Studies have also shown that malnourishment or fatigue affect the memory negatively. However, the studies conducted with the concentration camp survivors showed that they could remember the events remarkably well despite the poor physical state that they had been in when the events took place.

Another factor that can affect the ability to remember correctly is, for example, if a person talks with others about the events or read about them in the news. If a person has had a weak memory to being with, that is yet another factor that may affect the ability to remember negatively. Being asked leading question, will also affect the ability to recollect memories correctly.

The prosecutor went on to ask whether people can repress memories. Lindholm explained that there is a lack of consensus among scholars with regard to this.

On the topic of people’s ability to remember dates of specific events, Lindholm explained that studies conducted with concentration camp survivors showed that they were able to remember dates on which they had arrived at the camps and dates of certain events that had taken place, such as a fellow prisoner being tortured.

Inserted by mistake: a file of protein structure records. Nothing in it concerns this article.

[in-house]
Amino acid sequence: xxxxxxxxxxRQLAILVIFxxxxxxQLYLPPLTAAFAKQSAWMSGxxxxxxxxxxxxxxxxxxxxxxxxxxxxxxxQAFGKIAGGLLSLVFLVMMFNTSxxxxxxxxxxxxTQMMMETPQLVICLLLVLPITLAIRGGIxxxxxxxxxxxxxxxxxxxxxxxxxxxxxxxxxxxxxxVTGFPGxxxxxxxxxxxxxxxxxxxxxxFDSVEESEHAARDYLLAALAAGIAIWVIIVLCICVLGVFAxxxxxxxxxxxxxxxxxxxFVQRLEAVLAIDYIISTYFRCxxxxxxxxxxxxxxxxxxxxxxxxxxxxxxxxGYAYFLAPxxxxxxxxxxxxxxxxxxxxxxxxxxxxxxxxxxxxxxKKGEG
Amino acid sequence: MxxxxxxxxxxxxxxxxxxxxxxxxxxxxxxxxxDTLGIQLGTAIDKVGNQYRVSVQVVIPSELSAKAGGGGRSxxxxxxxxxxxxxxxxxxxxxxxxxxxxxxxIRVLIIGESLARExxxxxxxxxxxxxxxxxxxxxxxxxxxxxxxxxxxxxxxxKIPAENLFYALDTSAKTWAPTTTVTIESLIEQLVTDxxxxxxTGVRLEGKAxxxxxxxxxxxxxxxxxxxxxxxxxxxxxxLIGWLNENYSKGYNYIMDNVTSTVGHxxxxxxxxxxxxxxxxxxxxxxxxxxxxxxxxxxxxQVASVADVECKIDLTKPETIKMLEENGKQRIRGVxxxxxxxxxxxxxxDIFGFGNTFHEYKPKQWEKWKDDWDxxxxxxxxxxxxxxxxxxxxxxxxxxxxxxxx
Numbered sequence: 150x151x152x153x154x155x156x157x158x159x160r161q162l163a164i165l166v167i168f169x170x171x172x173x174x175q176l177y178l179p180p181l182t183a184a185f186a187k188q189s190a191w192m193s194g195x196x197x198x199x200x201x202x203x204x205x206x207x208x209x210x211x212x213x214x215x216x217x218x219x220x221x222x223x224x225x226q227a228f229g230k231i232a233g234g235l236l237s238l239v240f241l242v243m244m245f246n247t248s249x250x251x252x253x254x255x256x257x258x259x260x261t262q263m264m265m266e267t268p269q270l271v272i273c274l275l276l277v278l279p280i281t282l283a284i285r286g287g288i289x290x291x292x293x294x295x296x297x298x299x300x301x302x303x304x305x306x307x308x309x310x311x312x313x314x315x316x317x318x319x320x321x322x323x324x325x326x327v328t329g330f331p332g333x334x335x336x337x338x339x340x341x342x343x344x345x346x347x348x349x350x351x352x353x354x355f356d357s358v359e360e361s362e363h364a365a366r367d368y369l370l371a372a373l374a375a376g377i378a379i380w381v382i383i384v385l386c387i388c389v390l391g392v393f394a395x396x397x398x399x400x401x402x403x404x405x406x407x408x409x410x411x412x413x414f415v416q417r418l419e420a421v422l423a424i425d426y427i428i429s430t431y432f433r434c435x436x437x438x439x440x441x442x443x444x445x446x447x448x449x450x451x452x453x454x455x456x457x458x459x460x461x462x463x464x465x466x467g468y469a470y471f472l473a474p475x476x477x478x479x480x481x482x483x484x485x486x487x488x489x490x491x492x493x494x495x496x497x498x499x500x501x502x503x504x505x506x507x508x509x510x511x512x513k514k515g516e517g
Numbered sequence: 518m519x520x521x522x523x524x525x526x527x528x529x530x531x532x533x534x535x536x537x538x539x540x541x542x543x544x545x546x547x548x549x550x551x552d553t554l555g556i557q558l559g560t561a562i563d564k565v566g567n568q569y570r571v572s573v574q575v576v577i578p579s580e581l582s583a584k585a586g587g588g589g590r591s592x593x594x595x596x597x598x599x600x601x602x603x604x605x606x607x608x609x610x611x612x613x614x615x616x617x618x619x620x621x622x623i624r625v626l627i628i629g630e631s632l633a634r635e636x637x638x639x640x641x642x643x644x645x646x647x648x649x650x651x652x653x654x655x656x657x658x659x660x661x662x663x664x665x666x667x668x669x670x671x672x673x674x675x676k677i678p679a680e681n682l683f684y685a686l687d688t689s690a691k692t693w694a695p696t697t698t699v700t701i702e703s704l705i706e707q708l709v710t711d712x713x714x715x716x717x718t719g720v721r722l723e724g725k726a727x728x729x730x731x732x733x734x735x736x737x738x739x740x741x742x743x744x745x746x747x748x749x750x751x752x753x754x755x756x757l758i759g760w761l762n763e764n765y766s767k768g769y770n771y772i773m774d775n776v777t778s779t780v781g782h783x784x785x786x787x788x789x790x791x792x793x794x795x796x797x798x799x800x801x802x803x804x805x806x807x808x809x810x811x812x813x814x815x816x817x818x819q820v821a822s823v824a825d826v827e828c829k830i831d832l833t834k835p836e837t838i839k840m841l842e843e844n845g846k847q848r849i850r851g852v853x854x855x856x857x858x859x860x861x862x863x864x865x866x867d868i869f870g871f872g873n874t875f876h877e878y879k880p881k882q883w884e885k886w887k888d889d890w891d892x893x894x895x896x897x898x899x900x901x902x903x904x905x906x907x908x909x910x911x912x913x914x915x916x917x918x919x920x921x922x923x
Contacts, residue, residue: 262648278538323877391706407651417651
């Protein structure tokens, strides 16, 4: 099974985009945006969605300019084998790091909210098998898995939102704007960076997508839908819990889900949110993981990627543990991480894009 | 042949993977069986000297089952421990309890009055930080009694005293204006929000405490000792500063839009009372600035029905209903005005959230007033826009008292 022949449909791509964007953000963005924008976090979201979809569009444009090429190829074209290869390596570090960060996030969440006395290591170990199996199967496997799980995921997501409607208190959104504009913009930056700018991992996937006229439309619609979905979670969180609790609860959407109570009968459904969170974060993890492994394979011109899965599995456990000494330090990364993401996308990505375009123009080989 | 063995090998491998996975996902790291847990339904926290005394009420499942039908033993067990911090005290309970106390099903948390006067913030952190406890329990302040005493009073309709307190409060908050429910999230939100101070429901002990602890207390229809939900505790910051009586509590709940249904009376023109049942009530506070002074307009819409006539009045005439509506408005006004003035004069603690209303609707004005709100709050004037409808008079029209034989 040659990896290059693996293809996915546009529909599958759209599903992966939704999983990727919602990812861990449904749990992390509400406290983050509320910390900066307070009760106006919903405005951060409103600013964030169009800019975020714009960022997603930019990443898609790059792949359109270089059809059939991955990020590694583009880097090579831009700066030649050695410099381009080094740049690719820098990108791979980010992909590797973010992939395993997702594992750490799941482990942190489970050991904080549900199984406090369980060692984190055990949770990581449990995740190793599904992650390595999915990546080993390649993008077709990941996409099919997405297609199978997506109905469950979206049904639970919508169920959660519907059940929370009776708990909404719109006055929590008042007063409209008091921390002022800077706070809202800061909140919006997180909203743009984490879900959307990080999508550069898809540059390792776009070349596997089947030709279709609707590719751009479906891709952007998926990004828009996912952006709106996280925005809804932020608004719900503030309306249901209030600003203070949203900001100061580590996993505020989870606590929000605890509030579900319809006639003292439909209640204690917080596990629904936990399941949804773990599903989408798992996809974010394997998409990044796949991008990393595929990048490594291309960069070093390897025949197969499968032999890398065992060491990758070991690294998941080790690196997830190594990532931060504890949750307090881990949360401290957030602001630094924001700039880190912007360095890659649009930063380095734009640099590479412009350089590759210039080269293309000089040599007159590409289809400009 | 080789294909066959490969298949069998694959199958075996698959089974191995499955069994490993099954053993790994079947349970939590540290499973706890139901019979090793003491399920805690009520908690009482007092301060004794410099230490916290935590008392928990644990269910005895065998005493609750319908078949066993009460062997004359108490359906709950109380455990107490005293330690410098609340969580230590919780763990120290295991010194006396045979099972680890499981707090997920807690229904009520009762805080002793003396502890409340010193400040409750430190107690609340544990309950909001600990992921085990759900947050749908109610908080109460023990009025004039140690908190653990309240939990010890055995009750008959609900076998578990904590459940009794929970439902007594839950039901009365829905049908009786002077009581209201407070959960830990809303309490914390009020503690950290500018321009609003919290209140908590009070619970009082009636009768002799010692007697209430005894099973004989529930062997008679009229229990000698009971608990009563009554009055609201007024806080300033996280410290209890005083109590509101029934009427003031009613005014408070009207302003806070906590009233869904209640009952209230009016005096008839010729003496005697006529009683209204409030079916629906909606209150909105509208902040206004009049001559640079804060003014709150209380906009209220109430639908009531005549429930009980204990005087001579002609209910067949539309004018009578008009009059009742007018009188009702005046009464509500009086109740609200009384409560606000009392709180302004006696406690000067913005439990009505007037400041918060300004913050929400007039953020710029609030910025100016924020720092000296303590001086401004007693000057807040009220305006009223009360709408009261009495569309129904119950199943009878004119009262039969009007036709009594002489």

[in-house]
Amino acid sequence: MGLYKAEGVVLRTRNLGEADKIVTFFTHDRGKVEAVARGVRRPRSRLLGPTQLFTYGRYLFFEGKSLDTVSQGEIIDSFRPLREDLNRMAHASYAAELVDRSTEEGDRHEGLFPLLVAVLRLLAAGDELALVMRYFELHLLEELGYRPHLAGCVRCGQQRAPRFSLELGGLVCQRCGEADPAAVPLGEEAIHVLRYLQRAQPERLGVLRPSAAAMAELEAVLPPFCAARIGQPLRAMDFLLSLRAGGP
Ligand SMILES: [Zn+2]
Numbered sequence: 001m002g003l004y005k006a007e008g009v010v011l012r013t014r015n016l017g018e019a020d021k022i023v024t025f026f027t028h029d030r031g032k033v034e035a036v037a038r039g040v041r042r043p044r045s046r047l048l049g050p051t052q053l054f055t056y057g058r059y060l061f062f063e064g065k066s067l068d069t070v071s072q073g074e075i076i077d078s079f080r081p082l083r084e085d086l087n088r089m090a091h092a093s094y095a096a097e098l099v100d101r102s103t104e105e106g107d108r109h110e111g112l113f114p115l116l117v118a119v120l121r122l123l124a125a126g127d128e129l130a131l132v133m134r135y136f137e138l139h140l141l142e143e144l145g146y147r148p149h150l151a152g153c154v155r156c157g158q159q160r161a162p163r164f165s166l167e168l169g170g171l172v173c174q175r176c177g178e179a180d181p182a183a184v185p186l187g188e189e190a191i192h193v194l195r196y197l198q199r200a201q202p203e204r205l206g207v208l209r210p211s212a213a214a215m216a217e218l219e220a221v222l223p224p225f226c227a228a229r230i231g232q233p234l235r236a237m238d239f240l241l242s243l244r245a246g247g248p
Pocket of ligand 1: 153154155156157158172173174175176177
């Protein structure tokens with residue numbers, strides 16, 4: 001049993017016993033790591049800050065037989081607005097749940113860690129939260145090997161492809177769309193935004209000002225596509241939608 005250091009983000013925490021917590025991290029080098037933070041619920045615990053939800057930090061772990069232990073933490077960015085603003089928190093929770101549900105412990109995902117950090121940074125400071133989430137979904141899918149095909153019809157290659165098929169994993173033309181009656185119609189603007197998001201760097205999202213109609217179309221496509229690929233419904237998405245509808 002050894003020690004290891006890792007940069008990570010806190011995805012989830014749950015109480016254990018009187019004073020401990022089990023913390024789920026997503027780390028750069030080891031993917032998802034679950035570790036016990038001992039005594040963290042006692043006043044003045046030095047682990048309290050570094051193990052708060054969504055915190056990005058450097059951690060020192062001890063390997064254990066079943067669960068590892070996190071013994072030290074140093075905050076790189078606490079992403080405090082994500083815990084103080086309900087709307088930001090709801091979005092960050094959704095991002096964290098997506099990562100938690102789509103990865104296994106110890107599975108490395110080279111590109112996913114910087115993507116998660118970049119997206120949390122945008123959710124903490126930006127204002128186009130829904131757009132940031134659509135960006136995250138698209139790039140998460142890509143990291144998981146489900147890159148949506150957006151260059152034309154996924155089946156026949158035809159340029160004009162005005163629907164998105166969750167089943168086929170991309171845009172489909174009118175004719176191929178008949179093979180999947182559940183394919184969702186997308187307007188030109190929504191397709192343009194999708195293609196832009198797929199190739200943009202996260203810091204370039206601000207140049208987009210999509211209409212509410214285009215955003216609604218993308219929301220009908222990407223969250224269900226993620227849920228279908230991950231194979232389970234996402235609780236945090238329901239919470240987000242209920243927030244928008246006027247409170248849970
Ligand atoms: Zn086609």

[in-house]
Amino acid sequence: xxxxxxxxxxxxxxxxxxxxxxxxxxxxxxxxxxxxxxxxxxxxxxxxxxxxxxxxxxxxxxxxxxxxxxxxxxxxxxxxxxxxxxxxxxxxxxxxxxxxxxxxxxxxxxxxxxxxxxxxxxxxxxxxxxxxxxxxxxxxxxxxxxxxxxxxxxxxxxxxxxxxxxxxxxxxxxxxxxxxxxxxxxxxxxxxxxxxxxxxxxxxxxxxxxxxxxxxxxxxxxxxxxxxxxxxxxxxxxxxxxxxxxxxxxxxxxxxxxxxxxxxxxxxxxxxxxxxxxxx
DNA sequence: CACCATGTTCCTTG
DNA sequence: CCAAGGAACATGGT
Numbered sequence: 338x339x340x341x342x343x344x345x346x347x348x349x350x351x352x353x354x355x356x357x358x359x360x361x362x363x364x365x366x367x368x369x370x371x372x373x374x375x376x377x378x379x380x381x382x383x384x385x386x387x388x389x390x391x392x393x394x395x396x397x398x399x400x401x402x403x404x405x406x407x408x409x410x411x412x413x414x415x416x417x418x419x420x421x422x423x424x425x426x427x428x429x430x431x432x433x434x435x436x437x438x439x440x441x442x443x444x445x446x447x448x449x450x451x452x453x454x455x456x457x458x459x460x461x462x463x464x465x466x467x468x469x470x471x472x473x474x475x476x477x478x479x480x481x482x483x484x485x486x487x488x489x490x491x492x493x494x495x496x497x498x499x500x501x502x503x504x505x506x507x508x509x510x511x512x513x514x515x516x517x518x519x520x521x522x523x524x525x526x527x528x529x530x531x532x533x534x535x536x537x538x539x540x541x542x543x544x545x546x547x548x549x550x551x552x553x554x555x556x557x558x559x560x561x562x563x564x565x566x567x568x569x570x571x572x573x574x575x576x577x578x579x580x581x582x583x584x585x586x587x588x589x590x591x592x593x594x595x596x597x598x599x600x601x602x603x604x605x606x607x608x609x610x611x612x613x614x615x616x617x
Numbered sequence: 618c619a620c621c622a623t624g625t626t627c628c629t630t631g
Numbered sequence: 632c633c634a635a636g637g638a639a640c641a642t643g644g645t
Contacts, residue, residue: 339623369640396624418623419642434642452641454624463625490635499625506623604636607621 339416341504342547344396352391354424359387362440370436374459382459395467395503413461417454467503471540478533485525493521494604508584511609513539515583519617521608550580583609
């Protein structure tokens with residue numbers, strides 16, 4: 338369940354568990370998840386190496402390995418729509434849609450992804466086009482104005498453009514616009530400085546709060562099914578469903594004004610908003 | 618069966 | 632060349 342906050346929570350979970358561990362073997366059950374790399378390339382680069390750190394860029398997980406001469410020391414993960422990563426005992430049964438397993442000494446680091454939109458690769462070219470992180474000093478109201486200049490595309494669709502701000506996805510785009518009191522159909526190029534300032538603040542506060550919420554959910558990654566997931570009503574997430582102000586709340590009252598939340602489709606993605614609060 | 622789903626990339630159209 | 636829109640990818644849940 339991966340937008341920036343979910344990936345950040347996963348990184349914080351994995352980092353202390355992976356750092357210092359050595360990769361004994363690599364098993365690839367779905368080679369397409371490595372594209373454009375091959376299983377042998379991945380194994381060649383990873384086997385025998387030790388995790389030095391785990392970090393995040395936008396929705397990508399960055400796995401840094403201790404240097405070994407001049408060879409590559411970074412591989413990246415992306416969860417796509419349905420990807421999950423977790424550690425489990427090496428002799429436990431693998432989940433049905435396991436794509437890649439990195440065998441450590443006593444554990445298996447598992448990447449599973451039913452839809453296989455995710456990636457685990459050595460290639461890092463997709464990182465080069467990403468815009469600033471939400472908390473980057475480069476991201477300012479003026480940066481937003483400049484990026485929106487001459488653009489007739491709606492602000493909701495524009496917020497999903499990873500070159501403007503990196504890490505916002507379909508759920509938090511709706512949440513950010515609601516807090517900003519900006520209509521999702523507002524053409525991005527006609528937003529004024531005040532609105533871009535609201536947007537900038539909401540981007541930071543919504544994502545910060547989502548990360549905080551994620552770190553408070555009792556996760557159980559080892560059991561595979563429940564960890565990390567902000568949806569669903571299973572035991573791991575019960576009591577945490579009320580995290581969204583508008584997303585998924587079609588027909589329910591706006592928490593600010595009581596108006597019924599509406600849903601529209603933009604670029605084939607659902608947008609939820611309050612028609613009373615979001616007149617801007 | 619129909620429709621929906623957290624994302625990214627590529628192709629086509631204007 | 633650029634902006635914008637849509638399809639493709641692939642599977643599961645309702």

When the prosecutor ended her questioning, the hearing was handed over to the plaintiff counsels. Counsel Göran Hjalmarsson asked about people’s ability to recognize faces of people belonging to different ethnic groups, to which Lindholm responded that people are better at recognizing persons belonging to their own ethnic group.

When the plaintiff counsels ended their questioning, the hearing was turned over to the defense. Defense counsel Thomas Söderqvist asked Lindholm what her conclusions were from her research about the correctness of witnesses’ oral testimony. Lindholm responded that they had tested the memory direct after an event and up to 2 weeks after. Wrongful memories resulted in the witness pausing more when speaking and using expressions that indicated hesitation.

Upon question from the defense, Lindholm explained that a person’s ability to see also affects how well they remember something. For example, whether the observations were made in day light compared to at night, or from a long distance compared to a short distance.